And then, with myself: Where am I so afraid that if it doesn’t happen perfectly, I feel like my life might fall apart? Where am I holding the reigns so tightly that I don’t allow for an opening of experience or a surrender of results? What fears keep me trying to control every detail instead of relaxing and simply noticing what actually is as the process unfolds? And even more so, where do I engage in frenetic activity, instead of just sitting and noticing what I feel?

The red sweatshirt strings have offered me a checkpoint to pull me back and put space between the thought and what actually leaves my mouth. When I feel my body tighten, or my heart race, or my brain race, I know that the red sweatshirt strings are being activated. I know that I need to put them through the wash. Get rid of them by doing any number of things. I know I need to check in with myself. I know I need to return to the present and notice what is and choose how I want to respond. My wake-up call to the red sweatshirt strings is my awareness that I am trying to control the outcome of something that I have absolutely no control over. It’s that frantic speech pattern of worry and decision and control and “what if?”. And then I need to put the damn sweatshirt through the wash.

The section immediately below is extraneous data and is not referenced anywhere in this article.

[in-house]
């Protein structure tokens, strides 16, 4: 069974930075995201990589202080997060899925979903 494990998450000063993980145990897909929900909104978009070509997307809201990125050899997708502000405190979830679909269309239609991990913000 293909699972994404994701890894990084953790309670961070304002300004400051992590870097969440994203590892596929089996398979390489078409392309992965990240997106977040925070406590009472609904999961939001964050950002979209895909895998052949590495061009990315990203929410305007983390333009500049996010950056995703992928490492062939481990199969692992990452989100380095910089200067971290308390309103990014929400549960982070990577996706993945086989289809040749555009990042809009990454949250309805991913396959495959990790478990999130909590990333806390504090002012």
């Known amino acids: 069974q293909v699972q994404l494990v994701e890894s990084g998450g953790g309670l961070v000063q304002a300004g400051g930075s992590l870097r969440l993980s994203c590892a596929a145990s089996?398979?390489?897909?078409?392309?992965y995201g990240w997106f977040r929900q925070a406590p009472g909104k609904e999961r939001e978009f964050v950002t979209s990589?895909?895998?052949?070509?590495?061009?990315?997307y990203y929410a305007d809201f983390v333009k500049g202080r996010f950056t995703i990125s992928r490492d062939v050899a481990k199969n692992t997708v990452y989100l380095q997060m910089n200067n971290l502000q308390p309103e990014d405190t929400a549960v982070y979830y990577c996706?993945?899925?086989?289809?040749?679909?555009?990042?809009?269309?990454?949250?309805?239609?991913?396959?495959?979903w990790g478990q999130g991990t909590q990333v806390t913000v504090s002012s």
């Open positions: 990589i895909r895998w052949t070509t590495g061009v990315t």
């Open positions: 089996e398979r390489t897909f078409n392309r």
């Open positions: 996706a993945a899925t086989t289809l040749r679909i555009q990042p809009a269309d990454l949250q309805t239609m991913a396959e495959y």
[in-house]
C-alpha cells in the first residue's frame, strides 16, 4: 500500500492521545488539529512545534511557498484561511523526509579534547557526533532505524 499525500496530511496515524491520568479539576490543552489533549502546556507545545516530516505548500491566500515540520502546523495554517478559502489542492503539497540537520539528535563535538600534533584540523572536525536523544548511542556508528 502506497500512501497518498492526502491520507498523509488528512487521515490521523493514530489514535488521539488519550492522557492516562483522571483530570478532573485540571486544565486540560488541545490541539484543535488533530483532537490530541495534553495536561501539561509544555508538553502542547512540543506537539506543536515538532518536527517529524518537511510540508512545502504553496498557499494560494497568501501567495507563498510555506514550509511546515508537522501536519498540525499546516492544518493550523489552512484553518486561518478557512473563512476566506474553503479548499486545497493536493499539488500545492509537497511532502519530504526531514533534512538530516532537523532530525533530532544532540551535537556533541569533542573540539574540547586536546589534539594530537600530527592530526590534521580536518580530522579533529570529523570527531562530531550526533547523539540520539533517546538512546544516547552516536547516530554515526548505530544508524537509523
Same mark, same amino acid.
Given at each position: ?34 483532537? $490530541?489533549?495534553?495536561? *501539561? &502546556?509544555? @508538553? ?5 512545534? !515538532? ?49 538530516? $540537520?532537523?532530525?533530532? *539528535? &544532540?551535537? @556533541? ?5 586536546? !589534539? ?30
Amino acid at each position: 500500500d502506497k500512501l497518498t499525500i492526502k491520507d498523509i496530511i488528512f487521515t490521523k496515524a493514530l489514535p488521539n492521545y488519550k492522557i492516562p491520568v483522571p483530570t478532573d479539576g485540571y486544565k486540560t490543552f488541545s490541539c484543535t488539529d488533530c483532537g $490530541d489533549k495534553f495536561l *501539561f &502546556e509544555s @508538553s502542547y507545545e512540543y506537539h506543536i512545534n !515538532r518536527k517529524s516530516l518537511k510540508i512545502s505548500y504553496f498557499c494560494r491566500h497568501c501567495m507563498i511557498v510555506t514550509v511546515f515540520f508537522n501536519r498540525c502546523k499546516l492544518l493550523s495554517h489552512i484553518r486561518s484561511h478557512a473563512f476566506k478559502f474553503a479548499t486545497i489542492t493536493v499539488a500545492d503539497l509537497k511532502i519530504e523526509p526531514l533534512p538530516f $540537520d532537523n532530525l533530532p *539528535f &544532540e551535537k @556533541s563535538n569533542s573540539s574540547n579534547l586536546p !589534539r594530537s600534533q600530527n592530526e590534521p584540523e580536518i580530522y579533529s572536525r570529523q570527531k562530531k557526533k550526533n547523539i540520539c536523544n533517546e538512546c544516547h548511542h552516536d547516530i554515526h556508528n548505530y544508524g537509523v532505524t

When I blog, I blog for me. Not for the reader. I guess that somewhere inside, I am worried about the outcome of something. Instead of yelling at my family, tuning out on social media, manically engaging in activity around my house, I’m going to sit. Notice. Breathe. And see what shows up. And I guess at that point, I’d better be ready to do some laundry.